• Adaptable rooms: Interesting idea, to me it reminds me of having a "Lego" room. You could easily change the building blocks (in this case furniture) and you can assemble the room how ever it desirable or convenient (i.e. more family space vs. more work space).
  • Tube Med. delivery: One of the most creative ideas of delivery. My thoughts would be to have certain tubes for certain medication or certain rooms.



9/11

Technology & Medicine

Electronic Medical Records


9/13

Children's Healthcare of Atlanta - D. Heather

Clinical involvment in design detail

  • With facilities, innovative ideas have to come before project scope is defined, therefore avoiding restrictions of budget and plans (area)
  • Clinical people should be on the design table, and should be involved in trainging in order to be more effective in design table talks.
  • Master Facilities Plan (MFP) Overview:
    • 360 million expansion on 2 hospital campuses
    • bed capacity to increase from 430 - 505
    • 640k SqFt new construction and 237K Sq ft. renovation
    • Not all problems are fixed (budget constraints)
    • So many factors involved with the MFP team, seems everyone is involved and empowered to voice their opinoin in the design process (programming phase). I think that allows to cover all aspects/points of view for every component.
    • Bringing orginizations in design process could make better choices in design phase or in the phase of buying technology (COW vs. Handheld).
    • Phase 1: Cross Functional Teams:- Pharmacy, Lab, Materials MGT, .. etc
      • Best practices according to whom?
    • Phase 2: Teams refocused on Care Areas: change focus on care area (children)
      • Identify key processess: Clinical care, Family support, Business operations
      • Include all perspectices: Patient/family, physician, staff

9/18

Facilitating Team Process - David Cowan –

What an Engineer Does

Systems

Quantitative

  • How we collect data, stat analysis .. pretty much tacking a number on everything
  • Sturcture: Bldg. Equipment Tools ..etc
  • Process: The steps used to achieve solution.
  • Outcome: Result of process.

Practical

  • Basically seeing if it works, how it works and does it satisfy all requirements.
  • Utilize project managment principles to better handle project in terms of time,effort,...etc


How Teams work

  • Leadership: draw out skills of diverse group members & manage their skills to achieve your goals.
  • Brainstorming: avoid getting sucked into one idea direction, not allow one discipline to dominate
  • Structured Decisions
  • Divide & Conquer
  • Deference: honoring the decision.. make sure you agree to and fully support idea


Challenge

  • Pediatrics: Not like adult hospitals ..
  • Healthcenter: complex with clinics & inter-relationships between hospitals.
  • Cultural Context: Different hospitals & functionality means things are done differently.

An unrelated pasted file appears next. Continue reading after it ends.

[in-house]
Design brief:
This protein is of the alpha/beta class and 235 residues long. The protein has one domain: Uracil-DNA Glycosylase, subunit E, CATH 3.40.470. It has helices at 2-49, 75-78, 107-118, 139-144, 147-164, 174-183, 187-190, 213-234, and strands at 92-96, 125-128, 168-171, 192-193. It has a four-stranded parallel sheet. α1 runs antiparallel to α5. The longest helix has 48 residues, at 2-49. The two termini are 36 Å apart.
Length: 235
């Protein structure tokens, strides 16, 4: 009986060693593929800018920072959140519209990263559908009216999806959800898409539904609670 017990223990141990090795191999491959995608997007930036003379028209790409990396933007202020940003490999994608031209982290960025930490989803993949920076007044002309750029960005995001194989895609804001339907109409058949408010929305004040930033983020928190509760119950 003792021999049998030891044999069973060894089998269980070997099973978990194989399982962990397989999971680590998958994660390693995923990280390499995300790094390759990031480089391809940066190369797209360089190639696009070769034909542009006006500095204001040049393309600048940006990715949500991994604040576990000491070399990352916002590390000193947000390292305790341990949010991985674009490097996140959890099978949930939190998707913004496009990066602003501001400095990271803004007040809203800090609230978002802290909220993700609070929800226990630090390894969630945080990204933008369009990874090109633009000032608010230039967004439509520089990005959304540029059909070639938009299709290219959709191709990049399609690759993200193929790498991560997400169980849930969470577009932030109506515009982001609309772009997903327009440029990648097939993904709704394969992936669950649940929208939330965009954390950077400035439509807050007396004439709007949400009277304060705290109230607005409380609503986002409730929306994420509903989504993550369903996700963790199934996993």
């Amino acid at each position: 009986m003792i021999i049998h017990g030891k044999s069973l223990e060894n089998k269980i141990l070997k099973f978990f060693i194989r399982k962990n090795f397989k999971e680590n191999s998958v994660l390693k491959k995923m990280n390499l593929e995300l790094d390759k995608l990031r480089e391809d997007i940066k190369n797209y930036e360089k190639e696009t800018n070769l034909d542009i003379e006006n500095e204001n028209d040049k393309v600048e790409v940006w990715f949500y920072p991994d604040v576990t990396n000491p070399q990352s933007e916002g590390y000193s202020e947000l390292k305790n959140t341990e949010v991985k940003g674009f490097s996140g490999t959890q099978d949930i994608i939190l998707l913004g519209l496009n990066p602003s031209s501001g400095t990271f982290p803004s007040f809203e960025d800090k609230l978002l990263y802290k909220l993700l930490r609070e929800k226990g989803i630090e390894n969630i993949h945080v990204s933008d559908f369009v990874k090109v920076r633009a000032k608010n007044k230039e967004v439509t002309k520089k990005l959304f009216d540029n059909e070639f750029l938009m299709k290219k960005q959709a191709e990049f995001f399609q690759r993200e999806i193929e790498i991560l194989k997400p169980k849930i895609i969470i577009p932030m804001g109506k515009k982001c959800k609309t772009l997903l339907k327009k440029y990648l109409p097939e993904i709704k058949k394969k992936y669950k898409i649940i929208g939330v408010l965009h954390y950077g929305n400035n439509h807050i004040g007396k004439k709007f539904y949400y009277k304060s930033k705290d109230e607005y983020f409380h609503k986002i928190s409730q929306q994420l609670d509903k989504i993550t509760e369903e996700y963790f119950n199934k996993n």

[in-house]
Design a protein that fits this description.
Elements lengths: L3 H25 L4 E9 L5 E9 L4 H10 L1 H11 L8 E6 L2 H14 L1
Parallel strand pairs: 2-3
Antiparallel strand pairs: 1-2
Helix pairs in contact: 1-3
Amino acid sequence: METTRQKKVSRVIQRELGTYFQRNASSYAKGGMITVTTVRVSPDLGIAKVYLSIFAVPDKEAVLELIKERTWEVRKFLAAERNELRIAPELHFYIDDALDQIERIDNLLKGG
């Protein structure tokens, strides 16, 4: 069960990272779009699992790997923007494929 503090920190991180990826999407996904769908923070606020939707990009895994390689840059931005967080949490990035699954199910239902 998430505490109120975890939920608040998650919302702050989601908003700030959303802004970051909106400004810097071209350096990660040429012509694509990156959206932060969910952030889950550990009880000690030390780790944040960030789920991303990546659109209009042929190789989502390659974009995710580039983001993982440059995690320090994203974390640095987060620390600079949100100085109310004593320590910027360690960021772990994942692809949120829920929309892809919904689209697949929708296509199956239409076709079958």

• Balancing the Priorities: make sure you don't deviate from priority list, more money might become available but it shouldn't stray the process.

9/25

Group Projects & Ideas

Team LEGO

  • Spatial Solutions: Rooms can expand & could have different layouts
  • Patient Flow: Keep related services close by.
  • Way Finding: Solutions: KIOSKS, GPS, RFID audio.

Team SYNERGY

  • Streamlining registrations: Solution is KIOSKS or Kids Cow
  • Information (tracking & updates): Solution Step By Step Dashboard
  • Security/Kid finding: Solution embedding RFID trackers in patient bracelets.

Problems Refinement: Gerri Lamb

  • What's the problem you're trying to solve.
  • What are the characteritics needed to be considered for solution.

Problem Statements:

  • Information passing to kids/family
  • How to make hospitals more fun/educational to kids
  • lack of hand washing cause high infection rate in hospitals
  • a mother (parent) are easily distracted (children)
  • waiting rooms are not adaptable for different functions & uses (& boring)

10/02

Problem Refinement: Group Presentation

Ideas seem to be more concise, however, some are still general. It's interesting that all the presentation overlap or intersect over/about some points; which i don't know if that's because everyone is thinking along the same lines or if they're all set on one set of problems.


TEAM ALPHA

  • Probelms
    • As far as patient retention goes, the patients are not financially capable of making complete payment if any, therefore i am not sure that would be a problem.
    • I actually like the waiting time problem.
  • Evidence
    • I agree with the evidence presented especially visualization of signs.


TEAM TRANSFORMERS

  • Problems
    • Repeating patient history is a problem dependant on hospital charting method.
  • Evidence
    • I wondering if repeat vistors (unneccessary) are educated about their child(ren)'s disease.


=10/04

PROBELM REFINEMENT: TEAM PRESENTATION

TEAM TRICYCLE

  • Evidence/Benchmarking:
    • "Lack of coherent information and communication from physicians and nurses"
    • Room aesthetics: cost benifit analysis for private vs. shared rooms

TEAM LEFTHOOK

  • Problem:
    • Floor map design complexity. I really liked the complexity/time graph.
    • Hospital not conducive to healing..


FEEDBACK

1) More percise about probelm definition: narrower scope. 2) Evidence that is examples, ideas Vs. research evidence. 3) Principles -> Evidence -> Circumstances (find opportunities for desing/innovation) 4) Work from Principle towards solution using evidence & benchmarking 5) Nature of clients (kids, families, cases) and work on a solution.